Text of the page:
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  • Sara

Tell-Tale Signs That Your Mental Health is Needs Attention

Updated: Sep 12, 2022

Balancing your mental health is a lot like walking on a tightrope – you must be careful not to lean too far one way or another with your habits so that you can continue to maintain well-being, and it’s important to keep looking ahead and remembering that things will get better if there’s not so great right now. But what happens when we start to slip and what if we don’t notice it right away? It is common for people to not recognize the initial warning signs that their mental health is beginning to take a turn for the worse. But there are three components of your life that you can pay attention to and use as cues: work, relationships, and activities are three areas in which you may notice concerning changes start to occur.


Regardless of whether we love our job or don’t like it at all, most of us continue to show up every day and put our best foot forward to get the job done. We tend to respect our coworkers and find pride in what we are able to accomplish during our workday. A change in your work ethic can be a sign that your mental health is in trouble, especially if you are typically a go-getter who is reliable and able to do the job no matter if you're having a good or bad day. If you start to notice that you are showing up late more often, not being as productive, and not being as friendly with coworkers, it could be time to assess where your mind is at and seek help if needed. You may also start to nod off at your desk or in meetings or feel as if your position suddenly isn't stimulating at all anymore. Any of this ring a ball?



Relationships are at the core of all of us; human beings thrive on community and love. We have all sorts of relationships in our lives, from acquaintances to friends and family to romantic partners. A desire to isolate yourself from the people in your life that you care about the most and that love you could be a strong cue that you need to address your mental health. If you start to notice that you are cancelling plans more often, not picking up the phone or answering your texts, or distancing yourself from loved ones in other ways, it is a good idea to do some serious self-reflection to ensure your health is staying on track. This could be a sign of depression, which makes doing things with other particularly difficult. A tell-tale sign is cancelling plans and no longer taking an interest in things that used to fill your cup. If you feel as if you can't even get out of bed in the morning, check in and see if there are other aspects of self that feel different.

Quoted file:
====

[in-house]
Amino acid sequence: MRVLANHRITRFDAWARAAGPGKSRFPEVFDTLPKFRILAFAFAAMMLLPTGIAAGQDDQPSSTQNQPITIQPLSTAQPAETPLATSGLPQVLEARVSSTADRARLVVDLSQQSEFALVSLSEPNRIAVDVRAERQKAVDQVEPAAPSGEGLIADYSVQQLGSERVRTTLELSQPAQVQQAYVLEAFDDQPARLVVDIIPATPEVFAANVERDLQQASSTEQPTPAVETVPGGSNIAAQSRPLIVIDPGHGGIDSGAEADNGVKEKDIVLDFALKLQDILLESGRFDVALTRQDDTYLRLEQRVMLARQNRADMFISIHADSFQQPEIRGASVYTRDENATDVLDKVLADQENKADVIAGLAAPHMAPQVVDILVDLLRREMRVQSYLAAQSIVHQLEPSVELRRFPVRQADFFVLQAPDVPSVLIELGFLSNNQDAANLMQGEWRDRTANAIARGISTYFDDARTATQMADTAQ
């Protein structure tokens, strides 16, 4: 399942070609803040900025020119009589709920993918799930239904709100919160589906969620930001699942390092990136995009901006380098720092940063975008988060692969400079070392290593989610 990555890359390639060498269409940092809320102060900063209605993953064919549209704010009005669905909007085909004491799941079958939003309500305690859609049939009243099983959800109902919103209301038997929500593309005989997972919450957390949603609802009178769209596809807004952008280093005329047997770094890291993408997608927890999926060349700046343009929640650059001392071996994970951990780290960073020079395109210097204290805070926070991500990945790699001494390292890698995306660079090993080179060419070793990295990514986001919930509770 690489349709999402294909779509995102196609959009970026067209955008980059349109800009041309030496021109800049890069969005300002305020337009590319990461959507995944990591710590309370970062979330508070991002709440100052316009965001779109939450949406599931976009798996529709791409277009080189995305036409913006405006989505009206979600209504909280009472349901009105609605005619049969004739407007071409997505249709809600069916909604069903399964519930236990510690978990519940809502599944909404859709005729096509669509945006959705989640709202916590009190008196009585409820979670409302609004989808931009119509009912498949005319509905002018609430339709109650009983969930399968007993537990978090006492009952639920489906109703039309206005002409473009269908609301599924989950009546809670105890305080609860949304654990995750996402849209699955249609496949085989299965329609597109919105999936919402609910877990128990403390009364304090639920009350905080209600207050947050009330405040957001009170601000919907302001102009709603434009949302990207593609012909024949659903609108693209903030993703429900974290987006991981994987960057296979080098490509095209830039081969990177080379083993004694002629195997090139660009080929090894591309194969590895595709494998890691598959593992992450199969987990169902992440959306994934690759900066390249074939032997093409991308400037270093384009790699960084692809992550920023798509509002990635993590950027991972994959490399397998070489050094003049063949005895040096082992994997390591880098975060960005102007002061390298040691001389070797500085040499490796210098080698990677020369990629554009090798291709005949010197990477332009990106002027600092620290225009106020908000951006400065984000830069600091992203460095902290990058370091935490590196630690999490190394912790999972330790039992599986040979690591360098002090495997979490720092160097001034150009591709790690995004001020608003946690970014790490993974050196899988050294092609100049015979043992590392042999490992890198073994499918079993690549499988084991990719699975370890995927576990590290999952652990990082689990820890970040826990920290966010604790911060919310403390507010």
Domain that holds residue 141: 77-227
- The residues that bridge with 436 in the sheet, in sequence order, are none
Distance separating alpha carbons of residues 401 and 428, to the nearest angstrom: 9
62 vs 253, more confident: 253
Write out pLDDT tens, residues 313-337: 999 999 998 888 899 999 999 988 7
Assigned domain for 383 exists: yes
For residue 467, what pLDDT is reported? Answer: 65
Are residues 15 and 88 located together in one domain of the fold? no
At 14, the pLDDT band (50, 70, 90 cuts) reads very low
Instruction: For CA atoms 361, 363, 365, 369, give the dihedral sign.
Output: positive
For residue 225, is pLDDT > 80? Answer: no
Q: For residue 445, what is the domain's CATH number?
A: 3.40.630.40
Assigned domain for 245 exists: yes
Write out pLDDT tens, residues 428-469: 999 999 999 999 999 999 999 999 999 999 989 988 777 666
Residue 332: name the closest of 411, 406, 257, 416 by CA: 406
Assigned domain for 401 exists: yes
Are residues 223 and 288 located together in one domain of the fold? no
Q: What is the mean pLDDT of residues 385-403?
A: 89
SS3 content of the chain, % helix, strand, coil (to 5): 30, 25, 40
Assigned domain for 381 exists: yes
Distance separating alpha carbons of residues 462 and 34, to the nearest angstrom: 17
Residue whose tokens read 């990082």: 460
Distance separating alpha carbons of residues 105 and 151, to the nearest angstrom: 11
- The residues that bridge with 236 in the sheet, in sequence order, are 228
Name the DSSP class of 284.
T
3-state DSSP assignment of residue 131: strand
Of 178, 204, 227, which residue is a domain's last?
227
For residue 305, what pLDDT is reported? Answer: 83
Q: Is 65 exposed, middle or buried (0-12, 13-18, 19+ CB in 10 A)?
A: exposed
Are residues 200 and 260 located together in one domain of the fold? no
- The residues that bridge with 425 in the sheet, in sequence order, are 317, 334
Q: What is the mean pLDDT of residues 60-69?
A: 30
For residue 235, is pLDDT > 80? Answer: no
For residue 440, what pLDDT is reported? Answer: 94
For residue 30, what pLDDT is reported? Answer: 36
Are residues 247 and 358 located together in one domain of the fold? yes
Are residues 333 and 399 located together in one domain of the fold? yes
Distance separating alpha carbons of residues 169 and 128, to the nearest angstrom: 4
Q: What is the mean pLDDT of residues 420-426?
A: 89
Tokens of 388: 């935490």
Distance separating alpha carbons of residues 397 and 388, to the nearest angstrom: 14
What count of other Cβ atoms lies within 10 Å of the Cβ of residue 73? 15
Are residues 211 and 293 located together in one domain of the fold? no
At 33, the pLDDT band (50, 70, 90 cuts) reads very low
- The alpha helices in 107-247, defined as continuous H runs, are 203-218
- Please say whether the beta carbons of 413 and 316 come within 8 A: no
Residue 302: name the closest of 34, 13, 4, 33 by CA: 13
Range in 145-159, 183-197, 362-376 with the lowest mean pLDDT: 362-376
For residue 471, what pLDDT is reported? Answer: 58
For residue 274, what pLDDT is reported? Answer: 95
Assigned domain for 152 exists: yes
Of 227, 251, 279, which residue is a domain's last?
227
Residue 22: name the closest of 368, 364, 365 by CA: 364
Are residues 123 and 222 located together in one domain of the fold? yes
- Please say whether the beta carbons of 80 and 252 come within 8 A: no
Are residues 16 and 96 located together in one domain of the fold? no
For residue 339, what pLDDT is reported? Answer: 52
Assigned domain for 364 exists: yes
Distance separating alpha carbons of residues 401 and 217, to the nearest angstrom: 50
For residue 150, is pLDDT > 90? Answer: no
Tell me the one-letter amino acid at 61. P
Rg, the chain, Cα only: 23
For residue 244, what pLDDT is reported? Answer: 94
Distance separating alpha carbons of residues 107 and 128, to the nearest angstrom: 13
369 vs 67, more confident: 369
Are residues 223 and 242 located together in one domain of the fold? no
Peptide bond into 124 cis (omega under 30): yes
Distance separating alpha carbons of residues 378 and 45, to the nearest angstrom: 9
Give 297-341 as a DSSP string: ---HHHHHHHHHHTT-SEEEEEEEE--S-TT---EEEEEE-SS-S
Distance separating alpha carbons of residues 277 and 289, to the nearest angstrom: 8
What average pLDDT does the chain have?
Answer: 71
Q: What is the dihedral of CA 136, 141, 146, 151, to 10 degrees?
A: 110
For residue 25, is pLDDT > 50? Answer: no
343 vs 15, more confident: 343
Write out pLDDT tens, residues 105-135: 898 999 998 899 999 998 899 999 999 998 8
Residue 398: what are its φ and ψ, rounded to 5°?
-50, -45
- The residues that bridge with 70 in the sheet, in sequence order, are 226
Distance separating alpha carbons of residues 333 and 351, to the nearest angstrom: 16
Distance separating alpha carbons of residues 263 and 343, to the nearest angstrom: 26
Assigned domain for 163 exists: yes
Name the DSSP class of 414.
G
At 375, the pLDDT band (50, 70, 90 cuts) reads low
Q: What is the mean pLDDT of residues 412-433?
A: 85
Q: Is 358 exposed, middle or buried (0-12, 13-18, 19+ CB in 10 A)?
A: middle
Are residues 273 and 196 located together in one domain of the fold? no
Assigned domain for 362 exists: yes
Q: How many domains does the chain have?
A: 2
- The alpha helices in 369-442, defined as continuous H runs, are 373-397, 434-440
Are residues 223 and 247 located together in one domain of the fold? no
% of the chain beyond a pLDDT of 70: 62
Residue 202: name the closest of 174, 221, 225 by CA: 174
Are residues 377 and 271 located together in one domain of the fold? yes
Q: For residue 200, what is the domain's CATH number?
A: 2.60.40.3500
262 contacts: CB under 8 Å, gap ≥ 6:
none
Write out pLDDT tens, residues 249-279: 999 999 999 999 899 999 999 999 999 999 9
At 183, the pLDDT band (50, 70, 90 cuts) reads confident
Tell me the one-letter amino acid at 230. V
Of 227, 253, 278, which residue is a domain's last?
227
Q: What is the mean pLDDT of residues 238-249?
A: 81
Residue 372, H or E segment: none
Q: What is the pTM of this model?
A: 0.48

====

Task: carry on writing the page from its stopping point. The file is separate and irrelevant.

We all have activities that we find joy in. Some of us like to bake, others like to watch their favorite television show, and some folks like socializing with friends. We generally incorporate joyful activities into each day if we feel our mental health is in a good spot. Again, a decrease in enjoyment of activities that you normally like or refusing to engage in them altogether could be a sign that your mental health is slipping. And if you share space with loved ones, they may even notice the change in you sooner than you do. While you may think that it's no big deal, they may witness an unhealthy pattern developing. This is where the importance of support from loved ones comes in again. They're there in times when you need them the most.


Concentrating on where you are at with work, relationships, and activities can be a helpful tool to gauge where you are with your emotional well-being. Check-in with yourself periodically to assess how you are doing in those three categories so that you can be your own best advocate for your mental health. You might consider asking yourself the following:


Am I more tired than usual? If so, how long have I noticed this? Do I feel fatigued throughout the day?


Are others getting on my nerves more and more? Do I feel irritable when I have to attend a social event? When is the last time I've actually wanted to participate in these events?


How is my work performance? Is it slipping? Am I am to keep up with deadlines and responsibilities? Am I becoming more irritated and/or disinterested in what I do?


These questions are just a jumping off point. You may want to write them down, and add a few others, and keep these in a safe spot so you can reference them if you sense that your mental health is declining. Consider contacting a therapist after your self-assessment if you feel you could use some help getting unstuck.

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